By Walid Ramzi
Government ministers from Algeria, Mauritania, Mali and Niger met in Washington this week to further their new multilateral approach to Sahel security.
The two-day meeting, which wrapped up on Tuesday (March 9th), was a “qualitative step” in establishing the regional counter-terror partnership proposed at the Sahel security summit in Algiers, Algerian Minister for Maghreb and African Affairs Abdelkader Messahel said.
Messahel and the foreign ministers of Mali, Mauritania and Niger met with several senior US officials, including President Barack Obama’s chief counter-terror advisor John Brennan.
International partners now consider the four Sahel states as one party in talks, Messahel noted Monday.
This week’s meeting in Washington complemented several recent political, military and intelligence conferences held by regional governments, including the Bamako summit that led to new intelligence-sharing measures.
In addition to the Sahel summits, there has been a flurry of diplomatic activity over terrorism concerns and fallout from the Libyan revolution. US Deputy Assistant Secretary of State for the Maghreb, Raymond Maxwell, recently visited Algiers where he said that the US was exploring ways to “sell military equipment to Algeria in the framework of combating terrorism”.
“US efforts are aimed at curbing the activities of al-Qaeda in Islamic Maghreb (AQIM) in the region, combating drug and human trafficking and all types of smuggling,” the official said.
The US official acknowledged that there was an “important” partnership between Algeria and US based on “friendship”, expressing his country’s hope to enhance bilateral relations. He added that the multiple recent official visits confirmed the “two countries have many common interests”.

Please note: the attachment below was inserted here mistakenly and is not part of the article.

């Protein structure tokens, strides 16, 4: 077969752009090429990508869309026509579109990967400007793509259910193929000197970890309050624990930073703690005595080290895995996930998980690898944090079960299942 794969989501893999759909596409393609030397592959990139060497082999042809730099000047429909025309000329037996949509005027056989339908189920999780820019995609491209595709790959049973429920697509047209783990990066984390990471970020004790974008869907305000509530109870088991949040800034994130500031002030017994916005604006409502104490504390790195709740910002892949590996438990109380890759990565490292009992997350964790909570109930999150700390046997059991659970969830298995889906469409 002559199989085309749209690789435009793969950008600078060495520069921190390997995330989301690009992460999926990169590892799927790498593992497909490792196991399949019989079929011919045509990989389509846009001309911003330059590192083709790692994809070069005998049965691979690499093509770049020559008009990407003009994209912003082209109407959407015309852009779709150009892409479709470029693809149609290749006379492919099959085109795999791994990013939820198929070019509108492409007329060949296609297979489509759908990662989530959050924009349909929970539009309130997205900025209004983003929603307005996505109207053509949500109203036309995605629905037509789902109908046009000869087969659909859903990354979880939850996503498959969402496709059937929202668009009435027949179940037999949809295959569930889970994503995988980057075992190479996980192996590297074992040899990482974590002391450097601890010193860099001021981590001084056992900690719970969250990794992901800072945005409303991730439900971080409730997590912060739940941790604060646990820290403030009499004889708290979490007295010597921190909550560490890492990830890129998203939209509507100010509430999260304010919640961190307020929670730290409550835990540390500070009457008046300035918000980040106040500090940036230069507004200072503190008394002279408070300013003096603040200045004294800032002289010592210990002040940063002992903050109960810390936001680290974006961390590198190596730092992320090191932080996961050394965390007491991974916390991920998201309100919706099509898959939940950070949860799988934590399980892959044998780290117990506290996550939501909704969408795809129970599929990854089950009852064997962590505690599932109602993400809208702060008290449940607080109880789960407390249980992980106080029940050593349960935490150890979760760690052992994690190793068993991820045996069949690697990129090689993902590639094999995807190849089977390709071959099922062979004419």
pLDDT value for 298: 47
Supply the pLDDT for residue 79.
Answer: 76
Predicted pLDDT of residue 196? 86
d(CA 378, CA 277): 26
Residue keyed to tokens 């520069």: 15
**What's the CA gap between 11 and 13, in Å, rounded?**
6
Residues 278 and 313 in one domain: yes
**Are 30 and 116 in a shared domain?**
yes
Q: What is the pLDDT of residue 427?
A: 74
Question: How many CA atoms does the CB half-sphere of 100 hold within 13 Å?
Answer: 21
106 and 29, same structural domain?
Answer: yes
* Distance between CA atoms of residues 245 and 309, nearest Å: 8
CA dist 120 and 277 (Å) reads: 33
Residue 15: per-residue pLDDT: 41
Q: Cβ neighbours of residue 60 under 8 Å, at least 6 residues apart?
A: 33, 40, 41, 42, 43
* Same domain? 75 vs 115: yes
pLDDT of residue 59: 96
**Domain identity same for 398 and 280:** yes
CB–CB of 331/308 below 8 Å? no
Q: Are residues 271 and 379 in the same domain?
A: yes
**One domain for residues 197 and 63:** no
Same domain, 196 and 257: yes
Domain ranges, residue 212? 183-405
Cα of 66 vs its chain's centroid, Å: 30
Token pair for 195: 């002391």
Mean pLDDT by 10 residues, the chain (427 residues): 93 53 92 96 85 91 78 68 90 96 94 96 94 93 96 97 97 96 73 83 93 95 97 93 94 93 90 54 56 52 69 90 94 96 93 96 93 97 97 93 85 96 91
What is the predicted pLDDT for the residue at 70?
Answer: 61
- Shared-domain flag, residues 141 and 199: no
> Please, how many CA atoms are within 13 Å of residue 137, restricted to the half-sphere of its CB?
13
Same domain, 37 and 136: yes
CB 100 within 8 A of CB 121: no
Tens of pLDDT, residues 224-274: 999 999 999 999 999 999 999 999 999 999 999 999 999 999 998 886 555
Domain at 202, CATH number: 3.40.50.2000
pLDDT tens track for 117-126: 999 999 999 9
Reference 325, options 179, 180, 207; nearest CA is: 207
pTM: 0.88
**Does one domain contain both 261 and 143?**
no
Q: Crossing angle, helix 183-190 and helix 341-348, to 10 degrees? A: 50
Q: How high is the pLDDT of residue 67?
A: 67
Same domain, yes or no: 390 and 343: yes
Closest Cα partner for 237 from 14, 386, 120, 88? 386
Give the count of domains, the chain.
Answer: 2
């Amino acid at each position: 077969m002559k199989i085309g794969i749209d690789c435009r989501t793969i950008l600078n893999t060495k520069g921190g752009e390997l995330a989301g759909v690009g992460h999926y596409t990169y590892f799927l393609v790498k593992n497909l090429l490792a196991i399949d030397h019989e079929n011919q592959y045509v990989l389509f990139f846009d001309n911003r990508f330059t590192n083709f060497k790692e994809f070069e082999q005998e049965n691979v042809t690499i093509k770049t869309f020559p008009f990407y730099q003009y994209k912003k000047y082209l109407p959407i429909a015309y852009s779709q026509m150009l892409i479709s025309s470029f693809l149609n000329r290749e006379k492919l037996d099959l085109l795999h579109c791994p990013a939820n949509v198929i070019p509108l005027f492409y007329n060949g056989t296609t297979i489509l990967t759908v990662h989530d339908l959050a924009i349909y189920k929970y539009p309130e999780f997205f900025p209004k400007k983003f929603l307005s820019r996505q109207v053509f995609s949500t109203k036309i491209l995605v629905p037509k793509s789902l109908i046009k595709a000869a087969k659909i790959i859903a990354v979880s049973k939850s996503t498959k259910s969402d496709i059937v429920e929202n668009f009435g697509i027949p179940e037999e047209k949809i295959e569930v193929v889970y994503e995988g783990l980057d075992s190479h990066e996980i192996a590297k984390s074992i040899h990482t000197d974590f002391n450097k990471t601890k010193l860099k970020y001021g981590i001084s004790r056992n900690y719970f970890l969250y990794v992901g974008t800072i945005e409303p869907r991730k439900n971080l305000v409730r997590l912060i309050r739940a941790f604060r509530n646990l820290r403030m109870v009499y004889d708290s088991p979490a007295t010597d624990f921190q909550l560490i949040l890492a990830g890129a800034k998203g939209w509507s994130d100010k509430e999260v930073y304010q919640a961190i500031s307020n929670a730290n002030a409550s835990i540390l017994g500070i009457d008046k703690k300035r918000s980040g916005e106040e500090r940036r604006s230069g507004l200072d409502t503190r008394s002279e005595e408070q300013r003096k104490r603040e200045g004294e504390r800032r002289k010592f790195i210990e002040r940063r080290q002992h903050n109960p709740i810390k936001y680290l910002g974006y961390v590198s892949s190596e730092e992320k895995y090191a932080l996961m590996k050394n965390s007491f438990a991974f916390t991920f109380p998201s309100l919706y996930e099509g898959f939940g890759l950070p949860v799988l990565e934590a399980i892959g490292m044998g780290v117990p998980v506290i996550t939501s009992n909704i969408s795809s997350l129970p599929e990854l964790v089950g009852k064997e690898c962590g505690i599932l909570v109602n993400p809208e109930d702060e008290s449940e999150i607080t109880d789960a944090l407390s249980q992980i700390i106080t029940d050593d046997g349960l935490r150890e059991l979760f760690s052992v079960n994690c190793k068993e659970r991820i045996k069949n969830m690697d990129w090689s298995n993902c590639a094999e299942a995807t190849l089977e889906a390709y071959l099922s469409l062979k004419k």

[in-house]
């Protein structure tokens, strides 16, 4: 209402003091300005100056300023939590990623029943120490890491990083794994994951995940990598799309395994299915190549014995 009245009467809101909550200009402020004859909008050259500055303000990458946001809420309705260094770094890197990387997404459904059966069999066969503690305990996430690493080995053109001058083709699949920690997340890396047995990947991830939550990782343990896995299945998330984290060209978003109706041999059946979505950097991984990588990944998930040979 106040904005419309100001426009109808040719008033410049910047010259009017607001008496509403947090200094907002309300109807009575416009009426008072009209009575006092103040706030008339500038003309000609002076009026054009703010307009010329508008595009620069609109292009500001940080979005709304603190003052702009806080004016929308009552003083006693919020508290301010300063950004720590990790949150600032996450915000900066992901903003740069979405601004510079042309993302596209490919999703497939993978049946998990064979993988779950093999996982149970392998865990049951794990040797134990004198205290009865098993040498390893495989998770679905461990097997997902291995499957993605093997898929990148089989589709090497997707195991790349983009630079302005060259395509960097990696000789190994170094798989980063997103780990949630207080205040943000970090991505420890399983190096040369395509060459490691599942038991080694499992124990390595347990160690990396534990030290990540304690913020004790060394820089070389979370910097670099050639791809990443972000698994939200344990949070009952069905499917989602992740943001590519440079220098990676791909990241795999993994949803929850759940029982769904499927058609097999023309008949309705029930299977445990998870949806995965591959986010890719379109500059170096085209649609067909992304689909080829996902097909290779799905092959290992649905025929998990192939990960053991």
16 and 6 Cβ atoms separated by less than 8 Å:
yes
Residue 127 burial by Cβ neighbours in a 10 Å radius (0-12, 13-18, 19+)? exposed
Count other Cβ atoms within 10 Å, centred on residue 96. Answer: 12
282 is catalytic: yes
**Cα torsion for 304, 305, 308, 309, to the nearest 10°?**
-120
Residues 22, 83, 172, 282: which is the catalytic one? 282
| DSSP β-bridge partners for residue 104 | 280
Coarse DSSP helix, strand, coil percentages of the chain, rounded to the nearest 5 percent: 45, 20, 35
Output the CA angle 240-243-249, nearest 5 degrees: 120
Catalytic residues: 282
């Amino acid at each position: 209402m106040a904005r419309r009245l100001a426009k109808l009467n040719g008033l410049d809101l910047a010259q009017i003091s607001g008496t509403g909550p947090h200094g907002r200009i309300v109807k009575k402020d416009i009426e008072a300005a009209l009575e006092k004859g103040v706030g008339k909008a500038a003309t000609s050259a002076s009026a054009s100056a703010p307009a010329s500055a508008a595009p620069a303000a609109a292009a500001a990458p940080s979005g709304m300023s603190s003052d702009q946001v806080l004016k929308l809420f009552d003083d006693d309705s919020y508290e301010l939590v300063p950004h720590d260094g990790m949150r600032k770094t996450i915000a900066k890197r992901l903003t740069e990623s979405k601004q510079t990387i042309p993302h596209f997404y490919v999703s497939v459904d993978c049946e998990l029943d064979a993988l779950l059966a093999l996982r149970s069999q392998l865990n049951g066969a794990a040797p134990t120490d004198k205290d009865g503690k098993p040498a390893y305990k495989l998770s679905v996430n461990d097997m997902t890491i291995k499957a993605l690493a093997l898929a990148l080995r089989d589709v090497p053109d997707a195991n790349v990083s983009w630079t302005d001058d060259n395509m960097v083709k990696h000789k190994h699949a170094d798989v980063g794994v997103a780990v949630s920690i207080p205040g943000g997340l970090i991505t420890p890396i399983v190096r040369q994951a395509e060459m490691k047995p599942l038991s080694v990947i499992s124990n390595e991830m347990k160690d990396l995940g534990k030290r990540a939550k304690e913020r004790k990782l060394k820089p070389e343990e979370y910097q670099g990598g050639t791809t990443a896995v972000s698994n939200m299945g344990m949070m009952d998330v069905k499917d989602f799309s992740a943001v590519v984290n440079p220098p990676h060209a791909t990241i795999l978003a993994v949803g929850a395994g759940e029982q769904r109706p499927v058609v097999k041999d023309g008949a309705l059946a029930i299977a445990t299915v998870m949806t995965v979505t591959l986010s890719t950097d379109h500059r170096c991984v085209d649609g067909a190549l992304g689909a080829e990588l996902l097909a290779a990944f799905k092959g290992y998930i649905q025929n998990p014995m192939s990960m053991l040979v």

The US interest in co-operating with Sahel countries in combating terrorism is due to the “organisation that distinguishes these countries”, according to security affairs expert Lies Boukraa. He noted that working with the US in counter-terrorism was essential and necessary in terms of sharing intelligence, training, technology, and economic development.
Boukraa said that Sahel countries were capable of combating terrorism and organised crime in a collective, organised and agreed upon framework, but this would only take place when they unify their efforts and draw up a clear strategy.
The expert also noted new threats to the region emanating from organised crime and weapons smuggling from Libya. The heavy weapons, including portable surface-to-air missiles, could strengthen both the terrorist groups and organised crime gangs.
Another concern is that the Sahel, already one of the poorest regions of the world, faces a burgeoning youth population that requires resources to prevent youths from joining criminal or terrorist groups.
“This is an important challenge, given the relation between security stability and development,” Boukraa said.